A Leftward Shift? The 2018 U.S. Senate Race in Arizona

One of the most remarkable election victories this season was that of Democrat Kyrsten Sinema who won the U.S. Senate seat in Arizona vacated by retiring Republican Sen. Jeff Flake. Sinema, who represents Arizona’s 8th Congressional District in the U.S. House of Representatives, went head-to-head in a heated race against Republican Martha McSally, the representative for Arizona’s 2nd Congressional District.

The morning after Election Night, McSally led Sinema by 16,000 votes, nearly one percentage point, with 99.3 percent of precincts reporting. When the final votes were tallied on November 12, six days after Election Day, however, a 1.7 percentage-point victory was called for Sinema.

The race between McSally, who touts her status as the nation’s first female fighter pilot, and Sinema, whose story of childhood homelessness was a core part of her campaign, was contoured in ways that ultimately propelled Sinema to victory in a state that has been a solid Republican bastion for decades.

Breaking Barriers

Notably, this race was a contest between two congresswomen vying to become Arizona’s first female U.S. Senator. But even more unique was Sinema’s own profile as a candidate: she is an openly bisexual, atheist Democrat from a red state that has not elected a Democrat to the Senate for three decades. Sinema, 42, nonetheless defeated the odds. Now, she will join Sen. Tammy Baldwin (D-Wis.) as one of two LGBTQ members of the Senate and the second-youngest senator after Josh Hawley, 38, who defeated incumbent Democrat Claire McCaskill in another heated Senate race in Missouri.

Despite her barrier-breaking profile, Sinema hardly focused on aspects of her own identity during the race. Rather, her campaign was highly issue-driven, zeroing in on healthcare, immigration, and budget cuts, all areas in which the Trump administration’s policies have greatly affected Arizona.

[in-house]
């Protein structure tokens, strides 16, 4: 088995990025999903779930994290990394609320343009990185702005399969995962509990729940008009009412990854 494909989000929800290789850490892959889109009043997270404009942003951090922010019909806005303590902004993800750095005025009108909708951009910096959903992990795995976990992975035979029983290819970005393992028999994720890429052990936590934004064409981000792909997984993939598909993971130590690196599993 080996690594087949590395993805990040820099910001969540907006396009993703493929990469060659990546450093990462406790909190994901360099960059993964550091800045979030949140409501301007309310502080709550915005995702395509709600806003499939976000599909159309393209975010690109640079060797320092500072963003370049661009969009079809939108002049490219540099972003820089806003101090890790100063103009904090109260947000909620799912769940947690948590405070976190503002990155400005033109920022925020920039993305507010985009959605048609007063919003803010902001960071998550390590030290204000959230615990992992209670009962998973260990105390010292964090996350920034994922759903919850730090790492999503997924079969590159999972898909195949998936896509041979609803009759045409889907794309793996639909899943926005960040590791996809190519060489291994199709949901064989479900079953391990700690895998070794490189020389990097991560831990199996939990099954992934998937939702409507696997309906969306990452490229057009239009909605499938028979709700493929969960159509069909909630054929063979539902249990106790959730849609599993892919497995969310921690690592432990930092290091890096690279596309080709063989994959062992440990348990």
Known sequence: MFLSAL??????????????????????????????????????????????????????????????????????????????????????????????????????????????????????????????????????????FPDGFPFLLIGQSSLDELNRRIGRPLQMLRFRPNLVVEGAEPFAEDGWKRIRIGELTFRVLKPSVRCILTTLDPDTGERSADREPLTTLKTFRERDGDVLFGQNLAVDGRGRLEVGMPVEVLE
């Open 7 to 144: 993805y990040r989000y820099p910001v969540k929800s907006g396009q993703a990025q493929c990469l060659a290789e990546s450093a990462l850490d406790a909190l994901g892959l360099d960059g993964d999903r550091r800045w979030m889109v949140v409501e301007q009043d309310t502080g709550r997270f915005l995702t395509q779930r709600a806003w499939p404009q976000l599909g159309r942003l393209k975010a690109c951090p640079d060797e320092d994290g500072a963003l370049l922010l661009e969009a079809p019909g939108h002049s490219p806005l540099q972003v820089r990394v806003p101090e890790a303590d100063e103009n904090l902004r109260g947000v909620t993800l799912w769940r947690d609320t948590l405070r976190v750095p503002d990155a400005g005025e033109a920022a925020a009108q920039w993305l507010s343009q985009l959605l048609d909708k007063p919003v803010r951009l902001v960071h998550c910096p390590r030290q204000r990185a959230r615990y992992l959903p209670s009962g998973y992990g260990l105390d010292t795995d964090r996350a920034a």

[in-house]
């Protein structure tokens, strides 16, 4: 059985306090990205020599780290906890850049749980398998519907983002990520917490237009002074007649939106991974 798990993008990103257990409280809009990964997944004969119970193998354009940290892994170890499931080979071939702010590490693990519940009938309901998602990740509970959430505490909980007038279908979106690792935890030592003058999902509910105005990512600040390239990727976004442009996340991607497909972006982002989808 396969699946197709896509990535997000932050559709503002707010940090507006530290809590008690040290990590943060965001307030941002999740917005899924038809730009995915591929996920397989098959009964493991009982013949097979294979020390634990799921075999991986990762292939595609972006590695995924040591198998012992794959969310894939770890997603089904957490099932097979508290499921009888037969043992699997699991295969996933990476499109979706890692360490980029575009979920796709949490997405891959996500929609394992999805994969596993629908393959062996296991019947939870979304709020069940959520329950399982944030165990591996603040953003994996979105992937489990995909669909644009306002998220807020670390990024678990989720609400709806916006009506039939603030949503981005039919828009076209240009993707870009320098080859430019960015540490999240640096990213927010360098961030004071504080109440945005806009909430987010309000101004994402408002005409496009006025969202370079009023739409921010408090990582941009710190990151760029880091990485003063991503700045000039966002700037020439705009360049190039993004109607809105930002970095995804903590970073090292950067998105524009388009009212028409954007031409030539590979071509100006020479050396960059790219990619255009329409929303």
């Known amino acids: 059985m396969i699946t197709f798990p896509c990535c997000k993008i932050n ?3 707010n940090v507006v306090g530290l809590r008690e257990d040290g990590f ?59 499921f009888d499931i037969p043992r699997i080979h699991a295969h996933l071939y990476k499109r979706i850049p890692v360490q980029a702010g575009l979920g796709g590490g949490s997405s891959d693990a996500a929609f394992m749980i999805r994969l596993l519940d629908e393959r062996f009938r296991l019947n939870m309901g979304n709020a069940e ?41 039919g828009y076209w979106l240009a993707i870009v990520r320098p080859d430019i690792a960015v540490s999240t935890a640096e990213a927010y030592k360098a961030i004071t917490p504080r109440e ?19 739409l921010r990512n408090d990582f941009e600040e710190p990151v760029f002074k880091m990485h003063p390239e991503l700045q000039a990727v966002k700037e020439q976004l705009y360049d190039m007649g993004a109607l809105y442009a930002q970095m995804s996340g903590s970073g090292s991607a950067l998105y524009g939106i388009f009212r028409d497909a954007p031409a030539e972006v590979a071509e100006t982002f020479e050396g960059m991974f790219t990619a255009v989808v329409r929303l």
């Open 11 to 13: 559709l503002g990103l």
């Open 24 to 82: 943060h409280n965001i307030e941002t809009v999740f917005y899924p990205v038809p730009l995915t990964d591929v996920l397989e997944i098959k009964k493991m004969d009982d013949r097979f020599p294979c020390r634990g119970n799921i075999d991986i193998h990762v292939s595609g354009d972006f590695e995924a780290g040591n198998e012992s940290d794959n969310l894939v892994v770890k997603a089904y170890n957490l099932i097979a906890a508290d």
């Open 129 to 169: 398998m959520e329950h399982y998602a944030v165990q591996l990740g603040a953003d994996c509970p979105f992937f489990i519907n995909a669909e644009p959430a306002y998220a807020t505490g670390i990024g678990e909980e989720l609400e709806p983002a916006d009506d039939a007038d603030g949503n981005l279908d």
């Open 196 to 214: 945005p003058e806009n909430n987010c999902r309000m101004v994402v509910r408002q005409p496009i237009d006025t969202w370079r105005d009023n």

Sinema made healthcare central to her campaign, reminding Arizonans of her votes in favor of the Affordable Care Act that Republicans have continually tried to repeal and replace. Meanwhile, McSally was on the defensive when it came to healthcare; she responded to criticism of her stance toward the ACA by claiming that she spearheaded the fight to “force insurance companies to cover pre-existing conditions” despite voting in 2015 to repeal the Affordable Care Act and voting again in 2017 in support of a bill to repeal and replace it.

A Broad Appeal

Sinema’s supporters came from a variety of backgrounds. In addition to harnessing mainstay Democratic issues to attract voters, she catered to independent voters, who supported her in high numbers. She proclaimed herself “an independent voice for all Arizonans,” leading among independents in an October NBC News/Marist poll 52 percent to McSally’s 38 percent.

Specifically, Sinema’s focus on suburban moderates paid off. She managed to win over suburban women and moderate Republican voters with her conservative stances on immigration. Her verbal support for Immigration and Customs Enforcement, in addition to her previous votes for and co-sponsorship of legislation advocating for increased screening of refugees and analysis of terrorist threats at the southern border clearly communicated these key conservative aspects of her platform.

The surge in Latino voters, of whom 75 percent voted for Sinema while only 22 percent voted for McSally, may have also had a hand in helping Sinema emerge victorious. Since Arizona’s population is now over 30 percent Hispanic and Latino, and this demographic group continues to grow in size and influence, Sinema ran multiple Spanish-language ads, increased third-party Latino voter engagement initiatives, and directed get-out-the-vote efforts in order to court these voters.